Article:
8. 8. Key Responsibility Areas KRA1: Business Analysis / Planning and elicitation: 1. Identifies, communicates and KRA2: Benefits modelling 1. Models benefits, evaluating potential KRA3: Benefits tracking & communication 1. Ensures benefits plans are adequately manages the benefits analysis financial returns, cost avoidance reflected in the business cases approach to be used on the project figures and strategic alignment ensuring that current versions are 2. Identifies the key stakeholders and 2. Models benefits risks providing a view their roles and creates and agrees the of risks and likelihood of achieving plan of engagement claimed returns. 3. Conducts/facilitates benefits 3. Documents benefits in a variety of maintained. 2. Provides input to project and programme workshops - a source of expertise on the benefits to be (business requirements) gathering approaches - selecting the appropriate achieved by projects and change events approach given the audience and the initiatives. nature of the analysis 4. Tests models with a variety of stakeholders to improve predictability and credibility 3. Supports the identifications of KPIs to be used for tracking benefits 4. Assess implementation strategies to identify their impact upon the realisation of benefits 5. Presents information on how project Sequenced from highest rated KRA to lowest rated. Boxed KRA rated the most important overall. changes impact upon ROI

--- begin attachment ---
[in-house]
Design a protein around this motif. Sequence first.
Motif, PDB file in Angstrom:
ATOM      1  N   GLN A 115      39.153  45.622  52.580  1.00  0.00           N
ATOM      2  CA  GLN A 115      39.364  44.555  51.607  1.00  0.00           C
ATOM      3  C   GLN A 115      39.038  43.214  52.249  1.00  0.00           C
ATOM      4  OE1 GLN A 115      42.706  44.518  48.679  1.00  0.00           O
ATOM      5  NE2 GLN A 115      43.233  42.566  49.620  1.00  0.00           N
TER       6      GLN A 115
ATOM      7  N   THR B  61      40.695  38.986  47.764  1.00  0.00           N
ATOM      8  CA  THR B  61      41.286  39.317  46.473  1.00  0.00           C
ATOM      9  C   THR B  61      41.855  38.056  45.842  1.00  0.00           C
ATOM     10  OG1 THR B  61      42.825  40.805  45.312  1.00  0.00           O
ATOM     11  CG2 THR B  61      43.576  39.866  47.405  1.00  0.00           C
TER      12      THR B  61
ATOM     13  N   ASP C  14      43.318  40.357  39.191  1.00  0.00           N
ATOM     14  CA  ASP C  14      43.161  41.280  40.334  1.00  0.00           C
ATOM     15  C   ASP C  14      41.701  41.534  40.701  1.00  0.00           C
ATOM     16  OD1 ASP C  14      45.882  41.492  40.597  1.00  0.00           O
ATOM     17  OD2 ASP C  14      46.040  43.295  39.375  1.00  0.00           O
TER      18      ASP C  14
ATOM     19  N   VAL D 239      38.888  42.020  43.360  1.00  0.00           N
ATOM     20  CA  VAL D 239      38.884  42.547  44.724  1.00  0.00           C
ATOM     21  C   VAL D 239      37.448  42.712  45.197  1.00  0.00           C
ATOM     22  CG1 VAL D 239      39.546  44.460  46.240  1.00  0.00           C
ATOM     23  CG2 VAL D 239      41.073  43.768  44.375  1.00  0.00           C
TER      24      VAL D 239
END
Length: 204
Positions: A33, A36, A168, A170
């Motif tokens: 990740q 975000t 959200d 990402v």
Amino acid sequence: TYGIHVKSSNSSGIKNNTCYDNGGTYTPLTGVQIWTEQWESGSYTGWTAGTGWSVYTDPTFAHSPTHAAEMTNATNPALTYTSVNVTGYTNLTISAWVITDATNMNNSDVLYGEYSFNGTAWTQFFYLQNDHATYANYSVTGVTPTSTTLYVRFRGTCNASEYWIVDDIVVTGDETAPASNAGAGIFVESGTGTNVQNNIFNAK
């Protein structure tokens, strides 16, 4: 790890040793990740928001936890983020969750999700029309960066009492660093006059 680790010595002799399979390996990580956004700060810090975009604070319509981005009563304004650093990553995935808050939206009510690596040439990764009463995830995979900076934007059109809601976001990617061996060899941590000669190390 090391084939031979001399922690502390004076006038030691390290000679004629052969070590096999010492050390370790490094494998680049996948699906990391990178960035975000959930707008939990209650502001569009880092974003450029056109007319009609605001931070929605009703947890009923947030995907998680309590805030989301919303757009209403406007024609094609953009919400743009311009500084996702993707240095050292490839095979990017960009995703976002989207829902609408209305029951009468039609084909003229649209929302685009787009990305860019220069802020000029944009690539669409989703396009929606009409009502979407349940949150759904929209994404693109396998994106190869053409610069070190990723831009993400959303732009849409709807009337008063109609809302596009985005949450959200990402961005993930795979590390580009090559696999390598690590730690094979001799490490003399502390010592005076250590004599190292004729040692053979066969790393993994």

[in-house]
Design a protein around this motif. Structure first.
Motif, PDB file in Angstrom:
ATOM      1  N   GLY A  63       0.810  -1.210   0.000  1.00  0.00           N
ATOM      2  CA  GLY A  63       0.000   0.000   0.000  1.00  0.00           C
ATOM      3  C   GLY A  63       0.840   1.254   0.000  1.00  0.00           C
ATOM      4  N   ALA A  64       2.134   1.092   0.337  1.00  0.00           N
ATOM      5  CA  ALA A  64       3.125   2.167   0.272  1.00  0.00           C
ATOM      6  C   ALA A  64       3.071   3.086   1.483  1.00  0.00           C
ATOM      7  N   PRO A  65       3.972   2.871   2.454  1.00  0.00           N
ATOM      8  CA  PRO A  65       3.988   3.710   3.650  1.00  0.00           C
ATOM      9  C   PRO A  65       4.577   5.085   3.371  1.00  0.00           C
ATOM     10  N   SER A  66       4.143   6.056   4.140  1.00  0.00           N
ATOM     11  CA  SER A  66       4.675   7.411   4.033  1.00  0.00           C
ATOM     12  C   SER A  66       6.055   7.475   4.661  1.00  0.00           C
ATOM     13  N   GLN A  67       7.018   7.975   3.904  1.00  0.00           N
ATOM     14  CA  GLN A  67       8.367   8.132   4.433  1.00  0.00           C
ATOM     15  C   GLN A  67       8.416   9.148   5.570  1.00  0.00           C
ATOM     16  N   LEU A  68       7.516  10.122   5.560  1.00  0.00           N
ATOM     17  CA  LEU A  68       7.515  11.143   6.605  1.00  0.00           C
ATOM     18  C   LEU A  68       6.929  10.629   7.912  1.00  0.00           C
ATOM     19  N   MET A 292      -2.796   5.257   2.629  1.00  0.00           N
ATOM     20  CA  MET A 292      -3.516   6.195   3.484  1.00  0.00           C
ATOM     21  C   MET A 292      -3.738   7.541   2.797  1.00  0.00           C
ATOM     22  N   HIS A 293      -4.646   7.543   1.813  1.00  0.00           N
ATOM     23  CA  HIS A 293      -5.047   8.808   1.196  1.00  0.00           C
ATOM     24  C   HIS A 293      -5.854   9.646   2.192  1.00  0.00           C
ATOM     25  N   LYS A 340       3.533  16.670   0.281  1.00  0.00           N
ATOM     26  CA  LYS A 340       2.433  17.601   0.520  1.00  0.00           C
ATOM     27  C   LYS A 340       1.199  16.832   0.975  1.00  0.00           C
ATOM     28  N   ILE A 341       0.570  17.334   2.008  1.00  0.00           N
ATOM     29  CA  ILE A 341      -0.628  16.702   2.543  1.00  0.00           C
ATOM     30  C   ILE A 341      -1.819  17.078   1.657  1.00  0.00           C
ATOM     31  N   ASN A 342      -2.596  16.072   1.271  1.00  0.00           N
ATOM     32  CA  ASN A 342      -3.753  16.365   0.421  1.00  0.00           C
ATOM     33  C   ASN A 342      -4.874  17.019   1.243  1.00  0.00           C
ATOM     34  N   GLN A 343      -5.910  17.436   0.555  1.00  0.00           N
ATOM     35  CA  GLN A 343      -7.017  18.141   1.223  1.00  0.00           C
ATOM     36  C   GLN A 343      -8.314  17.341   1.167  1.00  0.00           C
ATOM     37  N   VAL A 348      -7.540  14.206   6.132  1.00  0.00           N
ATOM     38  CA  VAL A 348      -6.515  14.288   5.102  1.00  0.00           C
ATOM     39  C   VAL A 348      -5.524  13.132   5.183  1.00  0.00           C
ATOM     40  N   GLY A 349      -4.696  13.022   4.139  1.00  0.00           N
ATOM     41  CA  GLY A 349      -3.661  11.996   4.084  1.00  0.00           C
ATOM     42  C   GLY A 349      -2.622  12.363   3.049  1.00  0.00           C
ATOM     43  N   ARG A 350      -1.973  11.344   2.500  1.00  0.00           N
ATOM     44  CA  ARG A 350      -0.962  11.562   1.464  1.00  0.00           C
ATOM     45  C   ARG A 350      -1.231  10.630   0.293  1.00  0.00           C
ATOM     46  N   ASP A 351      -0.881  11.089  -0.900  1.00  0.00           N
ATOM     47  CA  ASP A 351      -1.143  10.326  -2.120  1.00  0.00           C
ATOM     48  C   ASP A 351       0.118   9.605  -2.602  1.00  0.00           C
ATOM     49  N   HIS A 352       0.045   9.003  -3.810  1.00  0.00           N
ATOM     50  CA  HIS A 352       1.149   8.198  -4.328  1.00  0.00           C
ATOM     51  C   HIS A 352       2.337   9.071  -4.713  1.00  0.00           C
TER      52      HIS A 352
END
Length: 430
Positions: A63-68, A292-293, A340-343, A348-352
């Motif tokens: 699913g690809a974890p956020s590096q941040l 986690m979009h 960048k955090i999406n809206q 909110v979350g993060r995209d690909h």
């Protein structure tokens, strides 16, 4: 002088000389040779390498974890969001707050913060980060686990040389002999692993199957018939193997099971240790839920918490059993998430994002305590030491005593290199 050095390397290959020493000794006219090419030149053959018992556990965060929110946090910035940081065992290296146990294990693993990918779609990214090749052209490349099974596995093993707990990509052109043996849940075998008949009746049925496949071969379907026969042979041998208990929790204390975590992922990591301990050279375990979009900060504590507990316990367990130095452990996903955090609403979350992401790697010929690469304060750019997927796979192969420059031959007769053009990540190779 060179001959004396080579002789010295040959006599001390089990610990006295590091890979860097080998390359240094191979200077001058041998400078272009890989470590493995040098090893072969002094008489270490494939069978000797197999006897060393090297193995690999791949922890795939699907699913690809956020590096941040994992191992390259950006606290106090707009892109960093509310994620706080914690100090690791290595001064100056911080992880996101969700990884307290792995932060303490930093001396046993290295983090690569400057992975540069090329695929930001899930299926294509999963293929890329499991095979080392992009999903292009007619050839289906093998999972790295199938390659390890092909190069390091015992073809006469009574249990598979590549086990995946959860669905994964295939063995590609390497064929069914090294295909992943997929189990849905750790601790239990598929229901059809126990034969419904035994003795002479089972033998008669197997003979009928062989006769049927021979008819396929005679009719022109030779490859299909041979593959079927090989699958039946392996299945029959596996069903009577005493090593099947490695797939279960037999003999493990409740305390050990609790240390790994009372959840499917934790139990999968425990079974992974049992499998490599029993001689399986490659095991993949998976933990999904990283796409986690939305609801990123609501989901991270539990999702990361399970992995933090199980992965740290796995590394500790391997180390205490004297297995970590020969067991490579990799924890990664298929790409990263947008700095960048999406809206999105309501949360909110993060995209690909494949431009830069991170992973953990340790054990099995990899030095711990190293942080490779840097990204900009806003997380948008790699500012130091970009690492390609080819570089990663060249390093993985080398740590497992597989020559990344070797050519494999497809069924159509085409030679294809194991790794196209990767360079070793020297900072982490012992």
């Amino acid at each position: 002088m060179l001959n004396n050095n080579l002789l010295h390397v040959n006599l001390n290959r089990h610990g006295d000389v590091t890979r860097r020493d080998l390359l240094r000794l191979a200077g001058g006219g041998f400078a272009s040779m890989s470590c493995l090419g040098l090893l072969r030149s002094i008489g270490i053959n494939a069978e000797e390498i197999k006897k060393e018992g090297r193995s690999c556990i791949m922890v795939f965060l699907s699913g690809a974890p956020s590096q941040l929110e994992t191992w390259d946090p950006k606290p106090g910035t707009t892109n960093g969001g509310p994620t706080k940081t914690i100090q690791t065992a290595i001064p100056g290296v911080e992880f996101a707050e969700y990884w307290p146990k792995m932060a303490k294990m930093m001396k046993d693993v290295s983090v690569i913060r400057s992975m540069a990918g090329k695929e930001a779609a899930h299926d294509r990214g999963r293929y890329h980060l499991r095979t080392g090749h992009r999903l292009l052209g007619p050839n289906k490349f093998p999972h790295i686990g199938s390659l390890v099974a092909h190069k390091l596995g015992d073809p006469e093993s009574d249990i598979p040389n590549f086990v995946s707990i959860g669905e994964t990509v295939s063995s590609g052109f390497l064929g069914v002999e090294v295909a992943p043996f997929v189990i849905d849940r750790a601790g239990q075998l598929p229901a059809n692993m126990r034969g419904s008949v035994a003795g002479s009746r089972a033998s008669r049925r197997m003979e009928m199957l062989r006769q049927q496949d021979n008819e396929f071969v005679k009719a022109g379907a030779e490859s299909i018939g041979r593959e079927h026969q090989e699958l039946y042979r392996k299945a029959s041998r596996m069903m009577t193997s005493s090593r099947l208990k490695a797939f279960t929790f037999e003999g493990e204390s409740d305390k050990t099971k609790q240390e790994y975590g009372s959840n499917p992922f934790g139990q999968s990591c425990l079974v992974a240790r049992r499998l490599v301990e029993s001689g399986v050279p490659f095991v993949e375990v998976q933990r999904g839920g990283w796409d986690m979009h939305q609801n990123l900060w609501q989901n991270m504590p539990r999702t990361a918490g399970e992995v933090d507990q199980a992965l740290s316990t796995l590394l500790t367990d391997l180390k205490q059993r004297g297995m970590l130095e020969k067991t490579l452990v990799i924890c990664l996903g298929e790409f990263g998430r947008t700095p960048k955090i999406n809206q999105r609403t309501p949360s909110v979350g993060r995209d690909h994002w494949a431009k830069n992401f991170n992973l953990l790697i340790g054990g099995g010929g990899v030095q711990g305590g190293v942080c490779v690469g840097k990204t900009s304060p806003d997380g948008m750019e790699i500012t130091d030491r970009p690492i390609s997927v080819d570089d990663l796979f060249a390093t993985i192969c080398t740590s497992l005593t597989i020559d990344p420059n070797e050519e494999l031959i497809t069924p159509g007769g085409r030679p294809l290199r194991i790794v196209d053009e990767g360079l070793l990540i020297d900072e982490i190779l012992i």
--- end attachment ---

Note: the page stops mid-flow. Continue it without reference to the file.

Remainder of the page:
9. 9. Competencies Competency area 1: Business / analytical Competency area 2: Interpersonal 1.Conceptual thinking: 'Joins the dots' between business ideas. Takes information from different areas and integrates them into a holistic perspective. 1.Communication: Able to present ideas and write benefits cases taking into account the needs of the audiences. Uses clear unambiguous communications style. 2.Strategic and industry knowledge: Good appreciation of business strategy. Able to relate intentions to overall business strategy. 2.Influencing: Confident in approach able to take even the most doubting stakeholder on the journey towards understanding and chasing down ROI. 3.Business understanding: Strong financial appreciation. Understands financial modelling principles and able to apply this understanding in a useful and coherent way to the analysis of benefits. 3.Facilitation & negotiation: Identifies the need to broker agreement between stakeholders. Seeks out approaches to surfacing and resolving different agendas. 4.Problem solving: Works systematically to identify 'root causes' to problems & critically questions information. 5.Planning & organising: Plans out the analysis work ensuring that stakeholders know what is expected of them and when. Competency area 3: Personal 1.Integrity & trustworthiness: Is an honest broker. Listens and captures various perspectives without being seen to take up any particular agenda. 2.Clarity of thinking / attention to detail: Champions clarity in thinking. Hunts down the 'facts & figures' - does not put up with assumptions when real information can be practically found. 3.Determination/ drive for results: Is not easily diverted even when stakeholders are unhelpful. Will seek out other sources of information or find different approaches to getting information. 4.Working effectively with others: Clearly identifies need for further information and guides information providing groups on how best they can contribute. Sequenced from highest rated competency to lowest rated. Boxed competency was rated the most important overall